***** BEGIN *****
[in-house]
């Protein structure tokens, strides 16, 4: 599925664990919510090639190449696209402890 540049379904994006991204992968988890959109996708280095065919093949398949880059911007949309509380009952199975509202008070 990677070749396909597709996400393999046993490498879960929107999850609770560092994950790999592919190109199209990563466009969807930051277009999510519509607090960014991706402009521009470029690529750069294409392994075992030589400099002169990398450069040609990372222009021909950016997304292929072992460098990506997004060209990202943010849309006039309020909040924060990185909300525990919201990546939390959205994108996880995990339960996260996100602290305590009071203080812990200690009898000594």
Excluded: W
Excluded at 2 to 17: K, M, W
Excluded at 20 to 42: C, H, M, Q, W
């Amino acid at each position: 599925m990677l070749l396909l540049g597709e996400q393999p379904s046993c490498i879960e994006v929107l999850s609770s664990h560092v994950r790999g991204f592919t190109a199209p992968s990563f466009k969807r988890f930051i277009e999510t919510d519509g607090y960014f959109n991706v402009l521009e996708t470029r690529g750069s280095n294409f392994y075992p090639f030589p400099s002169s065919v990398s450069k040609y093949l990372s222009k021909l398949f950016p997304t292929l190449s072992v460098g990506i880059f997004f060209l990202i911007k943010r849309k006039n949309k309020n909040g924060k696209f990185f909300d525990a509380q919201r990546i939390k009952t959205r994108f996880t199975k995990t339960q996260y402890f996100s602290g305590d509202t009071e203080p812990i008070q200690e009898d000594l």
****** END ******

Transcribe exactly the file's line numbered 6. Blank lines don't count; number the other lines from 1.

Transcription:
């Amino acid at each position: 599925m990677l070749l396909l540049g597709e996400q393999p379904s046993c490498i879960e994006v929107l999850s609770s664990h560092v994950r790999g991204f592919t190109a199209p992968s990563f466009k969807r988890f930051i277009e999510t919510d519509g607090y960014f959109n991706v402009l521009e996708t470029r690529g750069s280095n294409f392994y075992p090639f030589p400099s002169s065919v990398s450069k040609y093949l990372s222009k021909l398949f950016p997304t292929l190449s072992v460098g990506i880059f997004f060209l990202i911007k943010r849309k006039n949309k309020n909040g924060k696209f990185f909300d525990a509380q919201r990546i939390k009952t959205r994108f996880t199975k995990t339960q996260y402890f996100s602290g305590d509202t009071e203080p812990i008070q200690e009898d000594l």